The longer we delay, the more difficult and costly that response will become. And as the next generation knows, we’ve already waited far too long.

That’s the bad news. The good news is that responding to climate change also offers a tremendous opportunity. By passing the Global Warming Solutions Act and creating a thoughtful, forward-looking Climate Plan, Vermont will: 

• Reduce carbon emissions across all sectors, from transportation and heating to agriculture and utilities

• Protect our environment, protect our working lands, and protect public health

• Lower Vermonters’ energy bills and save them money

• And transition our economy away from its reliance on imported fossil fuels to clean, renewable energy sources — building the resilient, sustainable and fast-growing economy of the future.

The Climate Council created by the GWSA brings together cabinet-level members from across state government with a diverse and balanced group of stakeholders. The plan they create must prioritize solutions that are cost-effective and feasible. And it must take into account the energy burden and how any strategy will impact — and be targeted specifically to help — rural and low-income Vermonters.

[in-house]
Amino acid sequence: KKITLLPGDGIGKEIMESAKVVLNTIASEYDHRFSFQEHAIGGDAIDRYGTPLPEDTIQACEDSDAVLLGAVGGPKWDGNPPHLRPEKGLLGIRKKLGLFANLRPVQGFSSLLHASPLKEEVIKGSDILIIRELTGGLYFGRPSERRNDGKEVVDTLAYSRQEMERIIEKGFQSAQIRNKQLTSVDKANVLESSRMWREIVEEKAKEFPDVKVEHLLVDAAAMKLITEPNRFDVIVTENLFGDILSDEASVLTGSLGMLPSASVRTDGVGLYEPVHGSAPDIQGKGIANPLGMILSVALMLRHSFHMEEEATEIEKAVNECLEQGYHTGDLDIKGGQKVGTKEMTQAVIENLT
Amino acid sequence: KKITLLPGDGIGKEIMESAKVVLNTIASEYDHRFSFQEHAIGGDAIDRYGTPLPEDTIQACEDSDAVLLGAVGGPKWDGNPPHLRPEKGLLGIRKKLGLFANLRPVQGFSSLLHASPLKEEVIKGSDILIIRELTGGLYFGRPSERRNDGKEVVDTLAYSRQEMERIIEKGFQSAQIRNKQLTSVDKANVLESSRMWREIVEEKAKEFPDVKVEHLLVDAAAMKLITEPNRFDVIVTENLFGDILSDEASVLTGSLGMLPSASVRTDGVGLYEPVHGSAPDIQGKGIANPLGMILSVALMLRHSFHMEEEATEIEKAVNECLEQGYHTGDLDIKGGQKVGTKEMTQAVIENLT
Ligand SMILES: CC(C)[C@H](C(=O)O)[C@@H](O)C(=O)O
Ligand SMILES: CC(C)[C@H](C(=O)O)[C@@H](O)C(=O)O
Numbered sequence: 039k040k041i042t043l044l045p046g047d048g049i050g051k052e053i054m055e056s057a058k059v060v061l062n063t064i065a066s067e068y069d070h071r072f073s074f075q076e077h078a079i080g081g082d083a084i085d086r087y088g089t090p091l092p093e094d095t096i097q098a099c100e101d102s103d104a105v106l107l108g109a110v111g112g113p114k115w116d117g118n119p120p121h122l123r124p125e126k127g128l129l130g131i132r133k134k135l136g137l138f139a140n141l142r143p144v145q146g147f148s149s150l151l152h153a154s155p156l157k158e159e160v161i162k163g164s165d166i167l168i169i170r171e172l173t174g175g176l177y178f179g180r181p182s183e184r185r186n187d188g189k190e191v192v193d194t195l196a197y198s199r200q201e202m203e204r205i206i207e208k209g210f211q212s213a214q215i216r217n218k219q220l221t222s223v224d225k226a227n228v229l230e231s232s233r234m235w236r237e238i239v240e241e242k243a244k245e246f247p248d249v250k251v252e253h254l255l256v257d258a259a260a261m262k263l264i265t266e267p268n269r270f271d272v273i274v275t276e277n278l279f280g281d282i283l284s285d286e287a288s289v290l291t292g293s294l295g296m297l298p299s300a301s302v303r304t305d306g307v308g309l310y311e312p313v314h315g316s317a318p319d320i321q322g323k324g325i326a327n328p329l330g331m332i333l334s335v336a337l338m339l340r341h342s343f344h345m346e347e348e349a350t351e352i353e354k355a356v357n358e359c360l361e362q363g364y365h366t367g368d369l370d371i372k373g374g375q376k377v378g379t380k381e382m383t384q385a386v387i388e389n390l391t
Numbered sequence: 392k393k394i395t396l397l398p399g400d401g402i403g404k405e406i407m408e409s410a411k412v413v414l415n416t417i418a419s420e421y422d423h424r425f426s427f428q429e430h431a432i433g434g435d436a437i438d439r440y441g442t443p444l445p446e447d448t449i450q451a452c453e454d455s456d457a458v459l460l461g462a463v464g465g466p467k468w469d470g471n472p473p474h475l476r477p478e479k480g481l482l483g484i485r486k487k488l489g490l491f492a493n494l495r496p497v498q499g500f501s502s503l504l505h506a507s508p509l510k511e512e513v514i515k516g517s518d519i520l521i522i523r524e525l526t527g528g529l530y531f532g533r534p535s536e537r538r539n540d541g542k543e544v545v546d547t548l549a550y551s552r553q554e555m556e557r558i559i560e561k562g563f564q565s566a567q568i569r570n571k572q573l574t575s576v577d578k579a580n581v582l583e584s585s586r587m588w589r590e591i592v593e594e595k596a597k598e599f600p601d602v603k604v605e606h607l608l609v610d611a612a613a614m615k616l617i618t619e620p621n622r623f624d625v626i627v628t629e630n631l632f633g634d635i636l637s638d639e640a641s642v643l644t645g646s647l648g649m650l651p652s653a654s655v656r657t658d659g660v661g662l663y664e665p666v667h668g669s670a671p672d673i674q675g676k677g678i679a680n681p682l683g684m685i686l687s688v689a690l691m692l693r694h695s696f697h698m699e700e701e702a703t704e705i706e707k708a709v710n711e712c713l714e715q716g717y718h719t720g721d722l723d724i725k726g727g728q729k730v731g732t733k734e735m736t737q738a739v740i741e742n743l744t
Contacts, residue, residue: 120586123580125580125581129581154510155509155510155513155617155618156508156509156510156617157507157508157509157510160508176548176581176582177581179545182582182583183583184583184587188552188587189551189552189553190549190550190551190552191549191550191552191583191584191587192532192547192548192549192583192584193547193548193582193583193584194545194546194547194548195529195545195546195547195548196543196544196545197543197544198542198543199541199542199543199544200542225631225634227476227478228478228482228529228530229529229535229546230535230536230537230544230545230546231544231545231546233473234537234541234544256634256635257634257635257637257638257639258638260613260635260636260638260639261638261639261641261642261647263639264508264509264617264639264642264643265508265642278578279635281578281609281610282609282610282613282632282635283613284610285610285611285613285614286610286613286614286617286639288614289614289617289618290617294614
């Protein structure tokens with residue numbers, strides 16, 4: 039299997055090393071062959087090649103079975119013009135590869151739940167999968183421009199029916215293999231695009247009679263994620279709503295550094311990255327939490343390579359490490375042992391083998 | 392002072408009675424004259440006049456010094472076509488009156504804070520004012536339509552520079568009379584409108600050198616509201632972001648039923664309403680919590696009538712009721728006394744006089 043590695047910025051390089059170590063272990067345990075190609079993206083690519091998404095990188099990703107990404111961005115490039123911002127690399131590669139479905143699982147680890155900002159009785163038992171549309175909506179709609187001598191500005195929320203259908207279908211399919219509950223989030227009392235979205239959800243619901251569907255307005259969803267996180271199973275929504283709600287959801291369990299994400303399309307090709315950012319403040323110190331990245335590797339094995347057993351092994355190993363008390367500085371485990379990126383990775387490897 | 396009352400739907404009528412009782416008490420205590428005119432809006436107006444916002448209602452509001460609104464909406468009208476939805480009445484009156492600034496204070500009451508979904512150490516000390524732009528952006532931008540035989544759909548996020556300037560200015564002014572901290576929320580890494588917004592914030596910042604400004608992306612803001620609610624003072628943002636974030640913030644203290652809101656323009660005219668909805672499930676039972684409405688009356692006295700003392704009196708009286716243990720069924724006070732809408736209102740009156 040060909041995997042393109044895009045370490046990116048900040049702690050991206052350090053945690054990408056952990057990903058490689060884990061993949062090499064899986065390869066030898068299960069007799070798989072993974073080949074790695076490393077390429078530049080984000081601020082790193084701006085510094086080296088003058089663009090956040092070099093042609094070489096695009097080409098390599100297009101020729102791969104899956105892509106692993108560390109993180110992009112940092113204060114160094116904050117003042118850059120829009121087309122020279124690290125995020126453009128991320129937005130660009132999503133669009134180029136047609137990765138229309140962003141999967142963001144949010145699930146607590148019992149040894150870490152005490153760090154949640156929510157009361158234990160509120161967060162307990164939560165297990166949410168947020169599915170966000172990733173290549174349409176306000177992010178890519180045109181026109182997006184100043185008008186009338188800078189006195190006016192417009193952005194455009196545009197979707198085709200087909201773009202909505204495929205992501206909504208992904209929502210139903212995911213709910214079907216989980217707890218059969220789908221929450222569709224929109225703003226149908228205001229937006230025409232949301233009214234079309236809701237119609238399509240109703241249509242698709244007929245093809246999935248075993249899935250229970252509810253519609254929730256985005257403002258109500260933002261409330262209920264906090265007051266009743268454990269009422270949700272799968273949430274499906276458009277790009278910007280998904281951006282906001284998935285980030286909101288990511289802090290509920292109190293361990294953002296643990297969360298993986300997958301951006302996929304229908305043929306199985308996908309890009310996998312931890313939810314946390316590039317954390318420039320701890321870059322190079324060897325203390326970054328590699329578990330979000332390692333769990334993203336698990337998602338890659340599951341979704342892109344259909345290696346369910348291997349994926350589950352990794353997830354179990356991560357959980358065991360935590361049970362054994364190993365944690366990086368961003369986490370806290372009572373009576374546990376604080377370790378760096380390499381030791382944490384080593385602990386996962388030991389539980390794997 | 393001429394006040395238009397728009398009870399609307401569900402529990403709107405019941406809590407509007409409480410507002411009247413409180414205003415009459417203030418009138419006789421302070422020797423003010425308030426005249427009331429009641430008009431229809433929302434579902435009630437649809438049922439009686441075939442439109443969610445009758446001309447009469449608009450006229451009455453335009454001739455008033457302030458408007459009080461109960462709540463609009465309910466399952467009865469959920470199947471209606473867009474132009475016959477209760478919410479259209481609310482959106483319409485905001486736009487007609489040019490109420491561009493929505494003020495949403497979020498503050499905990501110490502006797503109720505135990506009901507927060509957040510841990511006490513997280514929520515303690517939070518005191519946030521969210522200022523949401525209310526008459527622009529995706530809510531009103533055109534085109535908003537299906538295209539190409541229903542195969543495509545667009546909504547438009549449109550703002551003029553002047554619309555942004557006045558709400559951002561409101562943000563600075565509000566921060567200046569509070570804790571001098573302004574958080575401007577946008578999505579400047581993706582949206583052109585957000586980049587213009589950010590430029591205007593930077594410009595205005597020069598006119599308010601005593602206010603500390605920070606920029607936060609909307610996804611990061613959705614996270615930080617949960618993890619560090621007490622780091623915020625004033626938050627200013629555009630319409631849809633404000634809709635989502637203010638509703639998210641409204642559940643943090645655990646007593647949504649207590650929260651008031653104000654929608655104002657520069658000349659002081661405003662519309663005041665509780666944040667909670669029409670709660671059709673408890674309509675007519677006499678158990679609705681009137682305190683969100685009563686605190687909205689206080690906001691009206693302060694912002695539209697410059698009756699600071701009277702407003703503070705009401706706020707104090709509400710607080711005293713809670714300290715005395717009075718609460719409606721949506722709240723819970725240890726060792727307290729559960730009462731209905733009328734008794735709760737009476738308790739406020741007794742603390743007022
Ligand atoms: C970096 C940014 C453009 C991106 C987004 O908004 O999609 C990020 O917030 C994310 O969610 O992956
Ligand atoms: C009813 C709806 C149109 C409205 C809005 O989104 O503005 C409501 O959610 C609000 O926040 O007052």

In other words: This is exciting, optimistic, inclusive and very important work. 

In the legislature and across Vermont, we’re all engaged in an urgent conversation about how to recover from COVID-19. How to make Vermont more affordable. How to build an economy that works for all of us, that attracts and retains new residents, that offers our owns children a pathway to a promising future. 

By investing in climate resilience and developing a blueprint for a sustainable economy right here at home, the Global Warming Solutions Act is a powerful tool to help accomplish those goals. 

From here, H.688 will move to the Governors desk. Vermonters support climate action. Please reach out to Governor Scott and tell him you support the GWSA.